Google leases office complex in Venice
Google Inc., the ever-expanding Internet search giant, is establishing a beachhead in Venice.
In a rare bright spot for the region’s sluggish economy, Google is leasing more than 100,000 square feet of office space in three buildings, including the famed Binoculars Building designed by Frank Gehry. Sitting in front of the building is a huge binocular sculpture created by Claes Oldenburg and Coosje van Bruggen, perhaps befitting of the company’s search theme.
The move is part of a major expansion by Google in Southern California and could set up a new center of operation in the region.
Google representatives confirmed Tuesday night that the company had signed a lease for the properties, saying its employees would begin moving into the offices this year. Google’s new complex of buildings will have more square footage than its current facilities in Santa Monica, where the largest of the three buildings has 45,000 square feet and houses 300 employees.
“Los Angeles is a world-class city with a talented workforce, and we’re thrilled to expand our presence as we enter our biggest hiring year in company’s history,” said Thomas Williams, a senior director of engineering at Google.
Opening a Venice campus is part of an ambitious hiring plan for the Mountain View, Calif., company, which earlier Tuesday announced it would add more than 6,000 workers this year.
The hiring spree comes as Google fights for top talent against upstart rivals including Facebook Inc. and Twitter Inc. — so a marquee location in Los Angeles could help the company score points with potential hires. In its recruiting efforts, Google has bragged that its Santa Monica offices “are strategically located just a few short blocks from sunny beaches” and benefit from “over 300 days of sunshine.”
Although Google would not comment on the precise number of new employees the move would bring to the city, the new space is likely to become a de facto Los Angeles campus, consolidating employees at other nearby locations, according to real estate sources.
The landmark building at 340 Main St., which was completed in 1991, was Gehry’s last major project in Los Angeles before the Walt Disney Concert Hall in 2003. First to occupy the building was another friend of Gehry’s, ad man Jay Chiat, who headquartered his powerhouse Chiat/Day ad agency in the building. Chiat died in 2002.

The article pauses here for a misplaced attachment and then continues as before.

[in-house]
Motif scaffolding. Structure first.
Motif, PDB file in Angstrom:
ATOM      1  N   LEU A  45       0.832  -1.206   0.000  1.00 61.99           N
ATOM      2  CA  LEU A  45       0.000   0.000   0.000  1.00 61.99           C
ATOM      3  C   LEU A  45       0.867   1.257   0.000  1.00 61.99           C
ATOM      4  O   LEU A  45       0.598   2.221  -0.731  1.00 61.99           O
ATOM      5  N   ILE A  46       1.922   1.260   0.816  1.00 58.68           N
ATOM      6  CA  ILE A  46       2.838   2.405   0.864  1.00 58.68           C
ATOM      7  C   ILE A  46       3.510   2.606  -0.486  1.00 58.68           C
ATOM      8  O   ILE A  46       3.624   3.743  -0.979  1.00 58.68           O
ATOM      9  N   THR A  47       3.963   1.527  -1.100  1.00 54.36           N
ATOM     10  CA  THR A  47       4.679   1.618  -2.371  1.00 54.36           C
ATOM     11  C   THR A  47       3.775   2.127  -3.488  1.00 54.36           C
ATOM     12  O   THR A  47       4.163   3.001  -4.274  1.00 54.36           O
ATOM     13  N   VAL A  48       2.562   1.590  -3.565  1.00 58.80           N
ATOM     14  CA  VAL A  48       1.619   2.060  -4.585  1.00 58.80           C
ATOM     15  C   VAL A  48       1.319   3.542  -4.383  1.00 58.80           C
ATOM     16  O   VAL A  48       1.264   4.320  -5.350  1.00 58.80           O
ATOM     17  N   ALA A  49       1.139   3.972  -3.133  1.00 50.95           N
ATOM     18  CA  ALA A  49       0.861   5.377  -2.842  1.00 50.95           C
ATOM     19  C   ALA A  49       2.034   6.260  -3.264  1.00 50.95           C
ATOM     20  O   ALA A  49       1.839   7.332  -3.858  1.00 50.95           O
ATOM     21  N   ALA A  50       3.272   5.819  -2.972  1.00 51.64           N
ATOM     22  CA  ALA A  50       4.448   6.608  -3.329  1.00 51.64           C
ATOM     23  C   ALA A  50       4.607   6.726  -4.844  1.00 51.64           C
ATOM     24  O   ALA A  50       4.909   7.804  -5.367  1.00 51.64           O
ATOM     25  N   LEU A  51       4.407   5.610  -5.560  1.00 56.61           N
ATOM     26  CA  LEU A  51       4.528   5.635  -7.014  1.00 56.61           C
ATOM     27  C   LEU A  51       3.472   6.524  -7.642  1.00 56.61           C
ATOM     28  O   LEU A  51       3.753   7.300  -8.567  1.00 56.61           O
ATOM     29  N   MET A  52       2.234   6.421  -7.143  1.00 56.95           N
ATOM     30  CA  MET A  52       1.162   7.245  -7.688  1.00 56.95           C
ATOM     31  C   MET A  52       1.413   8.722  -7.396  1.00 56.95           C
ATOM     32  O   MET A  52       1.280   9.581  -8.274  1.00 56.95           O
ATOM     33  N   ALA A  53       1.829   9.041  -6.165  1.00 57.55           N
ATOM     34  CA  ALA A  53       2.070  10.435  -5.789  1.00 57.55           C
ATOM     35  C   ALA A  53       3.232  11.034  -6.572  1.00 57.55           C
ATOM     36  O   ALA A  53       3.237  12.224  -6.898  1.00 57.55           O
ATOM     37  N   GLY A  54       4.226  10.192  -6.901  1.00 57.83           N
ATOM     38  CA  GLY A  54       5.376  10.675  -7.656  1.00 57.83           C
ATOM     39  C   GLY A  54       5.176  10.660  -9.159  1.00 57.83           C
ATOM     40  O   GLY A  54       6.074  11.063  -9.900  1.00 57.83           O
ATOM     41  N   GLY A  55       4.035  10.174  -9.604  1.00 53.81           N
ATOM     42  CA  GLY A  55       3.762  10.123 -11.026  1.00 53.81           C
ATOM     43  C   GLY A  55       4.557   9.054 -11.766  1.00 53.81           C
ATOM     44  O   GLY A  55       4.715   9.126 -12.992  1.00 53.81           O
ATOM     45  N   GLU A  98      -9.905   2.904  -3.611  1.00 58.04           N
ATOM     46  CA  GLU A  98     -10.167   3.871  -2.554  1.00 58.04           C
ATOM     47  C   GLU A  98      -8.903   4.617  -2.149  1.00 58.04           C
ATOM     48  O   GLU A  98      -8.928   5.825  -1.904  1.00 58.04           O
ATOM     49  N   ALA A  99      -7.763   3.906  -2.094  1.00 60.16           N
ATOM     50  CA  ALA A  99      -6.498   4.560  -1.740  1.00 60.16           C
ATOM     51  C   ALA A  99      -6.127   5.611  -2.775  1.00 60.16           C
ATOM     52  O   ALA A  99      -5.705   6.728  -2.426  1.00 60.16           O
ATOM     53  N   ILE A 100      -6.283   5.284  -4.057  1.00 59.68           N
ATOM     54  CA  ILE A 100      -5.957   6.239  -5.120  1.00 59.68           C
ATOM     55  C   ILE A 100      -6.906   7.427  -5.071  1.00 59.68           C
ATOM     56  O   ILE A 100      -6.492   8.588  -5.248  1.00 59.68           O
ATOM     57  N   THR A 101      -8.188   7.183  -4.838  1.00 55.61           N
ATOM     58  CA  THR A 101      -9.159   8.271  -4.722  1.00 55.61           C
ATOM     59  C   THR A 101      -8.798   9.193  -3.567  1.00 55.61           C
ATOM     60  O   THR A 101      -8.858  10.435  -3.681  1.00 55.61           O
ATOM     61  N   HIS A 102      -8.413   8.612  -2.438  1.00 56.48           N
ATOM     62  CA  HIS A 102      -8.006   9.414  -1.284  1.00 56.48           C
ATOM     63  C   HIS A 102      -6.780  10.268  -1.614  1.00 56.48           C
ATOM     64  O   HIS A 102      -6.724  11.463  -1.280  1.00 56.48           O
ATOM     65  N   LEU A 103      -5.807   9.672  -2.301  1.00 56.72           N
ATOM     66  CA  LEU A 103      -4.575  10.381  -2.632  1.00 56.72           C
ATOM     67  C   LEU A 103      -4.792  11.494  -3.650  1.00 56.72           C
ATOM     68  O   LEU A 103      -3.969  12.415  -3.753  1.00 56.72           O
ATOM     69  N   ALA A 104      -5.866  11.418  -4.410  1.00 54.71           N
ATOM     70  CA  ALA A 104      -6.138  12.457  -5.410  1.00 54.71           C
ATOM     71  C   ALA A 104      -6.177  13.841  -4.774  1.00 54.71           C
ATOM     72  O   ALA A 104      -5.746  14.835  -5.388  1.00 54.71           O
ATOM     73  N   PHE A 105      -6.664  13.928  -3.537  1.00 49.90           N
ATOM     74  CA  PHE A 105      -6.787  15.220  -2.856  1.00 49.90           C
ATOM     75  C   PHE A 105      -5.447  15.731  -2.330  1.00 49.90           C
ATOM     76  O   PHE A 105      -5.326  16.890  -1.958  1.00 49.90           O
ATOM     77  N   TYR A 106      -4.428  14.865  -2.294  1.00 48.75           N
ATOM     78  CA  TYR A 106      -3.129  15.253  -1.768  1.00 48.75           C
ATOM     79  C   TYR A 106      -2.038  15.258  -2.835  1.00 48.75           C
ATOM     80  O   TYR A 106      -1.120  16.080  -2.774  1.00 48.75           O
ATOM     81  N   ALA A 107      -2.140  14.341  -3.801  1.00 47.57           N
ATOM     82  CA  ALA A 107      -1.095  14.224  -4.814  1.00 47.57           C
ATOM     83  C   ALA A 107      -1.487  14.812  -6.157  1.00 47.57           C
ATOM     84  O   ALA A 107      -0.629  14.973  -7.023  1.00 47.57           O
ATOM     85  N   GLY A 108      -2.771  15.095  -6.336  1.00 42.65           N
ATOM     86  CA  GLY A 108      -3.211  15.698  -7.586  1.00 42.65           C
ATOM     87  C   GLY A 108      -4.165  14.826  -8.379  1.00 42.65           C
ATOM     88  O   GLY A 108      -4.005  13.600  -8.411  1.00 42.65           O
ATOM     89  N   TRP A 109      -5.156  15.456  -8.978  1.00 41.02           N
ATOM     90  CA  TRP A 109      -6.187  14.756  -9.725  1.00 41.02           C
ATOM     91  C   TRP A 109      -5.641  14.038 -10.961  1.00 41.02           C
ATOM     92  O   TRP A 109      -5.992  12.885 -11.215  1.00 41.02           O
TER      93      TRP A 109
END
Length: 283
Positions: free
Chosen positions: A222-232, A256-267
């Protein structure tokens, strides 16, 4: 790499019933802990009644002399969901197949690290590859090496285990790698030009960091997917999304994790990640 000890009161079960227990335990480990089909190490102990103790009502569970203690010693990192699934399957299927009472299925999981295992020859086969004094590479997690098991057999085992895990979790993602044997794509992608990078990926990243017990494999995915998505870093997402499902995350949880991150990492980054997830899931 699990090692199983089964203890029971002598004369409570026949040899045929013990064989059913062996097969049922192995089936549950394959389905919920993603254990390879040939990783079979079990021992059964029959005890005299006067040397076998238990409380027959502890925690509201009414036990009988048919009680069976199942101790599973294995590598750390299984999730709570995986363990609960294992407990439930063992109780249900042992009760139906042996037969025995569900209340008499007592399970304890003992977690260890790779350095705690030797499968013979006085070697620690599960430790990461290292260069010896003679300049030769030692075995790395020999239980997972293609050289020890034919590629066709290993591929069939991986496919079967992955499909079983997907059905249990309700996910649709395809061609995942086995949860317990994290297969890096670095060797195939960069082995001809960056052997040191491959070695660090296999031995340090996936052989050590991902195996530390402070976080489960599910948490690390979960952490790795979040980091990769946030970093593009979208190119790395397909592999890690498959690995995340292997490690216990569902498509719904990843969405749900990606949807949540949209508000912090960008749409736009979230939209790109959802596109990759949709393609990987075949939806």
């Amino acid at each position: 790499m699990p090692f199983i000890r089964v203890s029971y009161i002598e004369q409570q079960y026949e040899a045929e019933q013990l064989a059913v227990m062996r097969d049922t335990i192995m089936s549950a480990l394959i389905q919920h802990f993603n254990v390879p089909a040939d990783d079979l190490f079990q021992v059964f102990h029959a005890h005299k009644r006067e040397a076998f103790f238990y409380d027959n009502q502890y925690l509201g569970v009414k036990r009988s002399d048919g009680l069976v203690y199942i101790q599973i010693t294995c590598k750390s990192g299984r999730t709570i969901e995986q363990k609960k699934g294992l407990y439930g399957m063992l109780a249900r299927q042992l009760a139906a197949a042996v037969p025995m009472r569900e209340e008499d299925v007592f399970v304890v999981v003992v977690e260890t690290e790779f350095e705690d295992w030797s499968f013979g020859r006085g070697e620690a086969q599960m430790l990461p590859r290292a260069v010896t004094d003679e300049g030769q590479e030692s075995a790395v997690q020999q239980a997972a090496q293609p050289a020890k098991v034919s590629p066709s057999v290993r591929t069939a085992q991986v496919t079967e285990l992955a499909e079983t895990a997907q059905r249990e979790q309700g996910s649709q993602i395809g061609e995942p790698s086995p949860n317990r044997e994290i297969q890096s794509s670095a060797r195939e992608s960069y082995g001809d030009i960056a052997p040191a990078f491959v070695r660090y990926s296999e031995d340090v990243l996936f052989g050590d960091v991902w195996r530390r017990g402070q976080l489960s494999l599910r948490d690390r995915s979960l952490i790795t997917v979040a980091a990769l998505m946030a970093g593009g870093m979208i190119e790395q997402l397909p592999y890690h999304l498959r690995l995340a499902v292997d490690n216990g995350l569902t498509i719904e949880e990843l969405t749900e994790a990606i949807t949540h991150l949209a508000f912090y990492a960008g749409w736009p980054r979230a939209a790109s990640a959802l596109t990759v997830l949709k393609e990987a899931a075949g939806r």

Los Angeles city officials welcomed the news.
“I am ecstatic that Google will be opening offices in Venice,” said Councilman Bill Rosendahl, whose district includes the properties, in a statement. “I am particularly happy that its large number of employees will be contributing to our local economy. This should be a huge boon to the restaurants and shops on Main Street, Rose Avenue and Abbot Kinney Boulevard.”
Google opened its Santa Monica office in 2003 with a few dozen employees. That outpost has grown into one of the company’s biggest, with hundreds of employees spread out over several buildings.
Over the last decade, Southern California has played a frequent role in the 12-year-old company’s story of growth and expansion. In 2003, Google spent $102 million for Santa Monica-based online ad start-up Applied Semantics Inc., which helped launch AdSense, a program through which advertisers bid on specific keywords. The following year, Google bought Pasadena-based Picasa Inc., which makes photo management software.
Google’s continued interest in the region was fueled by the presence of the entertainment and media industries, as well as a steady supply of technical talent from local universities.
Google is expanding on both coasts. Its New York office got its start with a single person working out of a Starbucks on 86th Street in 2000. Today it has more than 2,000 employees there, and the company in December shelled out a record-setting $1.77 billion in cash for 111 8th Ave., where it was already the largest tenant with 550,000 square feet. Google, which also has offices in New Jersey, is expected to dramatically expand its headcount there in coming years.
Your guide to our clean energy future
Get our Boiling Point newsletter for the latest on the power sector, water wars and more — and what they mean for California.
You may occasionally receive promotional content from the Los Angeles Times.